- Anita Louise, who played the princesse de Lamballe in the film, played the role of Marie Antoinette just four years earlier in Madame du Barry (1934).
- The first cut of Marie Antoinette clocked in at 170 minutes. Preview cards from an early screening included praise such as: "One of the finest productions I have ever witnessed," and "The most beautiful production that has ever come out of Hollywood." After this preview screening, some scenes were reshot and ten minutes were cut from the film.
credit: my screencap
- The delicate bird cage hairpiece worn by Shearer during the garden party scene still survives. It was displayed in 2009 at an Irving Thalberg exhibition hosted by the Academy of Motion Picture Arts and Sciences.
- It only took about 12 to 15 minutes to get into the elaborate gowns created for the film, thanks to modern zippers and fasteners.
image: The execution of Louis XVI, a scene which was cut from the final film
credit: LIFE Magazine
- Before the film was released to the general theater-going public, it was cut down by 21 minutes. (Making it a total of about 30 minutes cut from the film's initial preview.) Stromberg was advised to shorten the film for general audiences due to the events in the second half, which made it "too heavy or tragic for popular consumption."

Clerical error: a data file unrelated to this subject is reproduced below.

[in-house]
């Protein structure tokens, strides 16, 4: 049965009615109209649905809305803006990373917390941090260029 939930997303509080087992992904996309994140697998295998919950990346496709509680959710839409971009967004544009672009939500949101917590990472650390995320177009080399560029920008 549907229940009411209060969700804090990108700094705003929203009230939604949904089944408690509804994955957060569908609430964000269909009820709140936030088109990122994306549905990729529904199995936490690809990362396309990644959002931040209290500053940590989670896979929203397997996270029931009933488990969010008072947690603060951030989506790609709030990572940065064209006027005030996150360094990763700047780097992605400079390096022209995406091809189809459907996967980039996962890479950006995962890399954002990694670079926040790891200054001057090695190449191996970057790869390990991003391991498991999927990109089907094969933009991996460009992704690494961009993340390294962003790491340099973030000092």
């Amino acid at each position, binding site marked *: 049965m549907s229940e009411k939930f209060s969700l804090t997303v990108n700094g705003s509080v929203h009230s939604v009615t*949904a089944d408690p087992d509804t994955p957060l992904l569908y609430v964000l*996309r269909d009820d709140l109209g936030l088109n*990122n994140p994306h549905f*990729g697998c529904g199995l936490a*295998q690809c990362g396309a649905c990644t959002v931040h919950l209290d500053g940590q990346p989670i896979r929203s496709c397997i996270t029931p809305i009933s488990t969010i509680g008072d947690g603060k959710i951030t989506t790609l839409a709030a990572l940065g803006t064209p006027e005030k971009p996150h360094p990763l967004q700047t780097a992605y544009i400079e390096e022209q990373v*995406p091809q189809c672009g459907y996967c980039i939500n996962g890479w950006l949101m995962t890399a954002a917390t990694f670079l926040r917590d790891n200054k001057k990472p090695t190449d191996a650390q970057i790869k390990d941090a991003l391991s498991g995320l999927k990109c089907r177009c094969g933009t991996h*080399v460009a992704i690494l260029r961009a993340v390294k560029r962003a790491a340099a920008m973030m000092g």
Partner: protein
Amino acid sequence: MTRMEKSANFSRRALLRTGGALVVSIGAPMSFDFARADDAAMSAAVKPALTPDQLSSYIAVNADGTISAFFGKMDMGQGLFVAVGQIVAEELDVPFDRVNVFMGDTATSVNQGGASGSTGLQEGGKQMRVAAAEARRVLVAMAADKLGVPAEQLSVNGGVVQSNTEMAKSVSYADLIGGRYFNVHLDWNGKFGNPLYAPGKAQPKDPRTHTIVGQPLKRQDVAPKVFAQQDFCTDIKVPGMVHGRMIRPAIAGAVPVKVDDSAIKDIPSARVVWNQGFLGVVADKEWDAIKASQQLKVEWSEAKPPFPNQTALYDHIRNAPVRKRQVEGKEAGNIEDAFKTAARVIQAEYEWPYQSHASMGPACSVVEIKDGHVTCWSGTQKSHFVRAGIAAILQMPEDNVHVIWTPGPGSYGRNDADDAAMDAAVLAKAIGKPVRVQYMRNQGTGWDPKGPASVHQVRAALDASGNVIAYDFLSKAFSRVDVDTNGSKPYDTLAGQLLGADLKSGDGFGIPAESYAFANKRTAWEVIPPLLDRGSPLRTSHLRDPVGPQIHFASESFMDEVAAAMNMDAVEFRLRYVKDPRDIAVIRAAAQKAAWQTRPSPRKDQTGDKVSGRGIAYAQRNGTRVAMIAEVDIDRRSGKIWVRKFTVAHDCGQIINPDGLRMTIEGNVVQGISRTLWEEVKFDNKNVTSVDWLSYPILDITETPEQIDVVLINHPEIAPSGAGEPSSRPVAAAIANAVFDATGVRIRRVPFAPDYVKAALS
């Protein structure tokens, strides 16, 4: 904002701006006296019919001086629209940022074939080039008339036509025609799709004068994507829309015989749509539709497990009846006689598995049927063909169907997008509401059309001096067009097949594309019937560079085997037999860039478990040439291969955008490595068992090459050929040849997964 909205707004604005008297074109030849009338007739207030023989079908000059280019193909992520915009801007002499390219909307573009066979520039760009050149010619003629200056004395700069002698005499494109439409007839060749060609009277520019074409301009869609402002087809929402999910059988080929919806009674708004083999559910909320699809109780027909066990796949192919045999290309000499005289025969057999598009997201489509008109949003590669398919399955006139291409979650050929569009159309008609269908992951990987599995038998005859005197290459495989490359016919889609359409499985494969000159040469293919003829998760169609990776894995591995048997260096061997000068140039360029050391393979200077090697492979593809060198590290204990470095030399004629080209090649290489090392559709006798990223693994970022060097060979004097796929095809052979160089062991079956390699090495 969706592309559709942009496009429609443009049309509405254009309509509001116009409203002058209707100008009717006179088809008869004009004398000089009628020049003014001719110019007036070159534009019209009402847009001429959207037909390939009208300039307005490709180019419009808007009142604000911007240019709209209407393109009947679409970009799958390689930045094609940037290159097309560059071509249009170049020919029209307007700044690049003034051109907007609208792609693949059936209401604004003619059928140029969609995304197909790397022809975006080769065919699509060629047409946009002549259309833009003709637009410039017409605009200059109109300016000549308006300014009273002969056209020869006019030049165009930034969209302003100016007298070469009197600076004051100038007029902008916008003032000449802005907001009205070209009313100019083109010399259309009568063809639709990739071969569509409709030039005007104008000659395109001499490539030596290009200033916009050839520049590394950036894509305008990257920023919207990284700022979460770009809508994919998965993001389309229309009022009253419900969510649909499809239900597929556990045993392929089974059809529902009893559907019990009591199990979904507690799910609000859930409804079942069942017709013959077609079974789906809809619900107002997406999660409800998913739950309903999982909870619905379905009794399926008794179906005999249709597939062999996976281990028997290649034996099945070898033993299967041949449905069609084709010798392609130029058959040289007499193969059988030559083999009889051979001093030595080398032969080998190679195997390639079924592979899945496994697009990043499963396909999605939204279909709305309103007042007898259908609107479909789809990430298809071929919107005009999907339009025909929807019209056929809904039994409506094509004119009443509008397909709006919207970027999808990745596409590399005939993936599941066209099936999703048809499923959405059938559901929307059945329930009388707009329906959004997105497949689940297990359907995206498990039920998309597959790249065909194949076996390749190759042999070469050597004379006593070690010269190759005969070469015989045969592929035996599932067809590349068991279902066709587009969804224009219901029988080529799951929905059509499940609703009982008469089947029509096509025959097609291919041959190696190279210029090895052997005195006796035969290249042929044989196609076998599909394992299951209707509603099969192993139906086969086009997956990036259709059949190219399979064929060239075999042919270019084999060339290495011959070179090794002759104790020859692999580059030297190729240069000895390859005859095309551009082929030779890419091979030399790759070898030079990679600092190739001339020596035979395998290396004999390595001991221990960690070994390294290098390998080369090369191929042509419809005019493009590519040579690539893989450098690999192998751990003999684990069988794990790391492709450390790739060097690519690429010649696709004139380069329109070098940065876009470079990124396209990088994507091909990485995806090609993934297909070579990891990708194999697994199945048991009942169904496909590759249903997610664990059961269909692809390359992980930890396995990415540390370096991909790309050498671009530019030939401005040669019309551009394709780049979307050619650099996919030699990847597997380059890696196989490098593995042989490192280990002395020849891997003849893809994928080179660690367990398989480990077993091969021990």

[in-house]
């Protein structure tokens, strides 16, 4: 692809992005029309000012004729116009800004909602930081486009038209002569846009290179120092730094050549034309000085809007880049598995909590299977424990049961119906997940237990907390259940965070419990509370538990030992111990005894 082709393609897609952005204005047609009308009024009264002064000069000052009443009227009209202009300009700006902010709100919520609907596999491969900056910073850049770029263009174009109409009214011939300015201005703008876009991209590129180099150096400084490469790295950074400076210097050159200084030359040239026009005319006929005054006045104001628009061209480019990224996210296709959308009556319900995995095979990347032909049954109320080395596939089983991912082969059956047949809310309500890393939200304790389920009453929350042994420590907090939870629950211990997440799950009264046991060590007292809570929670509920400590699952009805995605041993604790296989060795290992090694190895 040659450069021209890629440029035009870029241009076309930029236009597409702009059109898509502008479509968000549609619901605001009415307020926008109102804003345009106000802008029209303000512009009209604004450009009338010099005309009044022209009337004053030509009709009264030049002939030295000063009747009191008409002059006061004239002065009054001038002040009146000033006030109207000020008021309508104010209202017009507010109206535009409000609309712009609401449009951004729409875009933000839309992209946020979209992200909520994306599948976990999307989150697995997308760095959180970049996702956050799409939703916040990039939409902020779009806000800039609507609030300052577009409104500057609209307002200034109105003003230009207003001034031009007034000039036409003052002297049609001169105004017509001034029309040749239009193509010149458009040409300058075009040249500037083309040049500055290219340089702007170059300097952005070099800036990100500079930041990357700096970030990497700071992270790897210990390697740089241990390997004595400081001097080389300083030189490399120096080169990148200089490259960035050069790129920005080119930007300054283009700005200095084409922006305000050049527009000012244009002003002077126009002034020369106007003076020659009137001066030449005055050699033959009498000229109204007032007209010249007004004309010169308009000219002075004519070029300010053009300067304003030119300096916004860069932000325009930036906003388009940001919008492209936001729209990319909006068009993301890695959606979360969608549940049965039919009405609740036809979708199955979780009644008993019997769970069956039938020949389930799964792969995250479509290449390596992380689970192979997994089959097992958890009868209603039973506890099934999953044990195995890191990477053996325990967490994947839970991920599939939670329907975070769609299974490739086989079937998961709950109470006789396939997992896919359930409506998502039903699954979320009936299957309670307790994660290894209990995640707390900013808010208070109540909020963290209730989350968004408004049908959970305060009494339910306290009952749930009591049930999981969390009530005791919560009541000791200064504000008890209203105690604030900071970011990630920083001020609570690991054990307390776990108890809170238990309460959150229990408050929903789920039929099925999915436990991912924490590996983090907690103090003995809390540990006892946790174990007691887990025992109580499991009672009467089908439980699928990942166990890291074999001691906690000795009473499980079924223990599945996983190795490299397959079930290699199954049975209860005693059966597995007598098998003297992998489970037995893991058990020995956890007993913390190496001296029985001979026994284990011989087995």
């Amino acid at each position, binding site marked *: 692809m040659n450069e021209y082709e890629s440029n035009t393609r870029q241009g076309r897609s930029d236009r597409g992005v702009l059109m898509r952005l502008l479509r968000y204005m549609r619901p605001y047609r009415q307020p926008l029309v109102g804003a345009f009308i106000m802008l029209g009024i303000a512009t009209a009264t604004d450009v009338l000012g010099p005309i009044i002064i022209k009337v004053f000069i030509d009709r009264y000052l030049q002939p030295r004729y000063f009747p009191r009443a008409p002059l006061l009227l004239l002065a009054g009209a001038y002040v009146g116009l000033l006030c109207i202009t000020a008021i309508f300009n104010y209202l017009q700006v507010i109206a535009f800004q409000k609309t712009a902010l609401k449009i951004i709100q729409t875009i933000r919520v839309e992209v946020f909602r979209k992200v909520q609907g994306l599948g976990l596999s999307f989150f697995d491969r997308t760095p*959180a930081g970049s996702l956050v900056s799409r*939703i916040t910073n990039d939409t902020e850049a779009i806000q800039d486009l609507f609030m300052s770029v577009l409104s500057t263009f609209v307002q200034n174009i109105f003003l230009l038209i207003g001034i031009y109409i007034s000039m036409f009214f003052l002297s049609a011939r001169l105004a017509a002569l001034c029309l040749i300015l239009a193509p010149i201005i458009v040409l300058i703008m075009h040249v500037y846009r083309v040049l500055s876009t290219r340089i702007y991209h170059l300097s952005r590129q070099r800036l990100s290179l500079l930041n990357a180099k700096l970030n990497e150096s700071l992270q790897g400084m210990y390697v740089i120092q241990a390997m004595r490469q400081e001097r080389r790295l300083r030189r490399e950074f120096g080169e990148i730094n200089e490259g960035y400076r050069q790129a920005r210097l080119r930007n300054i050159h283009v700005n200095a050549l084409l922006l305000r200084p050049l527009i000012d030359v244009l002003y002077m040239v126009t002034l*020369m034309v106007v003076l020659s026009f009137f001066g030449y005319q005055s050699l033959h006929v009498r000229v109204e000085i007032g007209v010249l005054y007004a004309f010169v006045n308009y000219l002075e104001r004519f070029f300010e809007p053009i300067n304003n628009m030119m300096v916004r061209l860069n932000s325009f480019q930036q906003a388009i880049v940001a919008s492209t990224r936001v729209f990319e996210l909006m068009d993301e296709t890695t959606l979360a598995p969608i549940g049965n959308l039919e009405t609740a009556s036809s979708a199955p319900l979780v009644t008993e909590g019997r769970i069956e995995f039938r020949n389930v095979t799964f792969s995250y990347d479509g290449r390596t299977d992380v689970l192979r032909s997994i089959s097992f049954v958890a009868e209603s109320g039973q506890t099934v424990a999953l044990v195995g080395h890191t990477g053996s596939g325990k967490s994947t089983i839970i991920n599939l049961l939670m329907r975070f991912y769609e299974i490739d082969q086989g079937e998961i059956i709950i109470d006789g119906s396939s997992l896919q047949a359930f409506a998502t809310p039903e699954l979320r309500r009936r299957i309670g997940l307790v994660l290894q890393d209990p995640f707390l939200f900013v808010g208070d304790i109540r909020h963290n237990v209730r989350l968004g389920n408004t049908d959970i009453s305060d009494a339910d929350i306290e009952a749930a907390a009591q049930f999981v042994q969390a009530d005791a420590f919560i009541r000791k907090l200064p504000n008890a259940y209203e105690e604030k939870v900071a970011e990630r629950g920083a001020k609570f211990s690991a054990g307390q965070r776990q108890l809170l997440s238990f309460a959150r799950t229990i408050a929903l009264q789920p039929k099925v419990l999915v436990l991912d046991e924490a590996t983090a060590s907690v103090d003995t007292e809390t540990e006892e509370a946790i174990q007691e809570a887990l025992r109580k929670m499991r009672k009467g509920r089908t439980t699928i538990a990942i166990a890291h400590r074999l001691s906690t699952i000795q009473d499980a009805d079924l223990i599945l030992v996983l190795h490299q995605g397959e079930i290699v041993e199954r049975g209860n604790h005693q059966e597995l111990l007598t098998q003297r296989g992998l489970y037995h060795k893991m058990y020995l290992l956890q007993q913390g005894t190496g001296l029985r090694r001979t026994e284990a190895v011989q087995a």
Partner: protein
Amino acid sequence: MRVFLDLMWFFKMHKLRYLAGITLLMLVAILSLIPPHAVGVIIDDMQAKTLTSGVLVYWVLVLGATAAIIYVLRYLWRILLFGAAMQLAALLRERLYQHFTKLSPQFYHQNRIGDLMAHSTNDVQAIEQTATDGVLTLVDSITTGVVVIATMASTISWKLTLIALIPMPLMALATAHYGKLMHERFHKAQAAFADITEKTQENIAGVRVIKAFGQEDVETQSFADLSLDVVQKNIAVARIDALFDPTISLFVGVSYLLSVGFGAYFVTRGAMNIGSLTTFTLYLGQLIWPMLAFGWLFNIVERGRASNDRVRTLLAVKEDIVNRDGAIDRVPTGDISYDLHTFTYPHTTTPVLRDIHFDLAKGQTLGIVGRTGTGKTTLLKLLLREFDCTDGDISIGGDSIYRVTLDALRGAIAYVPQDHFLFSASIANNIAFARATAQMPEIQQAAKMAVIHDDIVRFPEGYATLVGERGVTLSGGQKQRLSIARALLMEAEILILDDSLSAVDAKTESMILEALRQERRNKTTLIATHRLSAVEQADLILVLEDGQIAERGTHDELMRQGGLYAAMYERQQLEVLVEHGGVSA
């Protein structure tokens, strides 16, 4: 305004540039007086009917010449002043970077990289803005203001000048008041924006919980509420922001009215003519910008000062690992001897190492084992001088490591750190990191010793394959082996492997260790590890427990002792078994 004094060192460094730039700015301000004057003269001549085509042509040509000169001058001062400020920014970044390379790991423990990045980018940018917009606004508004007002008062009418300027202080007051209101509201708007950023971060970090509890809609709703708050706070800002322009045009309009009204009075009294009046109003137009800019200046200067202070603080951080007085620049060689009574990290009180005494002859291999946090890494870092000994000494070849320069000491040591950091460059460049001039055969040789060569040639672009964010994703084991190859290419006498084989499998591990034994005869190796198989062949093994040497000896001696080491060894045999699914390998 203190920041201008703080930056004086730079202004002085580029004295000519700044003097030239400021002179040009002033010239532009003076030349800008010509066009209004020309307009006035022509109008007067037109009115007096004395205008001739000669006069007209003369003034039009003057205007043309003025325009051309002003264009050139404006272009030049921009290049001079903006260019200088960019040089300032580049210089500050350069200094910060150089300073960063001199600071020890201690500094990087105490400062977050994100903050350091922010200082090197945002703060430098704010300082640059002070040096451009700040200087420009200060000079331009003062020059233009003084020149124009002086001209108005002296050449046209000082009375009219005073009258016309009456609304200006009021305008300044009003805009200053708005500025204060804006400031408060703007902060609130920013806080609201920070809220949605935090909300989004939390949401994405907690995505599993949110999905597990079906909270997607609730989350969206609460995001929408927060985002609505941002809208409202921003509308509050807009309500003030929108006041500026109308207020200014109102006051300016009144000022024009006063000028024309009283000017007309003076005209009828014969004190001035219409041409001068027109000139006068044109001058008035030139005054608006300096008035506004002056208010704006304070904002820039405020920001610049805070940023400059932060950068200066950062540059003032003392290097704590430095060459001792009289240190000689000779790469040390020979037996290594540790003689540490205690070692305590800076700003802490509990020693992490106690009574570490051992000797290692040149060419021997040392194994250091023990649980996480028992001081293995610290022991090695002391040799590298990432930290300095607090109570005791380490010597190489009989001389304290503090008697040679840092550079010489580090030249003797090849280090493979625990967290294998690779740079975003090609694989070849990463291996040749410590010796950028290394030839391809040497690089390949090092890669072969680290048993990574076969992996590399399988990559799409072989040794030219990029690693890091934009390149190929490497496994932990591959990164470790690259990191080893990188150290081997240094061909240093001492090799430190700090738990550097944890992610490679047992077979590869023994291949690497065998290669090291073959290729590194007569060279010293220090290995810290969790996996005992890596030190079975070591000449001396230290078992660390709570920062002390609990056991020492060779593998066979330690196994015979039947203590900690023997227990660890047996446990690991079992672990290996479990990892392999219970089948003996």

- The gala premiere of the film at the Fox Carthay Circle Theater was an extravagant affair which featured a scale replica of the gardens of Versailles, complete with fountains, a 30 piece orchestra, antique statues and hundreds of flowers.
image: Seamstresses working on embroidery and bead work for the costumes
credit: Adrian:Silver Screen to Custom Label by Gilbert Esquevin
- A team of seamstresses experienced with beadwork were hired specifically to hand-embroider the countless numbers of beads and other embroidered pieces needed for the film's extravagant costumes.
- The film received four Oscar nominations: Norma Shearer (Best Actress); Robert Morley (Best Supporting Actor); Cedric Gibbons (Best Art Direction); and Herbert Stothart (Best Music, Original Score)
credit: my screencapture
- The young baby who appears briefly in the film as the newborn Louis Charles was contracted for the part before he was born. The competition for the role was fierce--one mother-to-be even sent in her family's genealogy in the hopes of approving her chances!
- Antique furniture and decor, including an 18th or 19th century copy of a portrait of Louis XVI by Callet, were purchased or rented to help with the authenticity of the film's sets. An entire floor of MGM's prop building was dedicated to housing the valuable antiques when they were not being used.
- Roughly 5,000 wigs were used in the film. Most of the wigs were made by hand and took approximately 48 hours of work to finish.
- The pair of earrings worn by Norma Shearer in the gaming house scene were purchased by Debbie Reynolds; they were later sold during the Debbie Reynolds Hollywood Auction for $4,000.
credit: my screencap
- Norma Shearer had a slight cast in her right eye (camera left); during the prison scene between Marie Antoinette and Axel Fersen, her right eye can be seen to wander slightly. According to Performances Secrets of Norma Shearer (from the now defunct Divas: the Site) Shearer allowed her eye to cast in order to evoke Marie Antoinette's loneliness and mental deprivation during her captivity.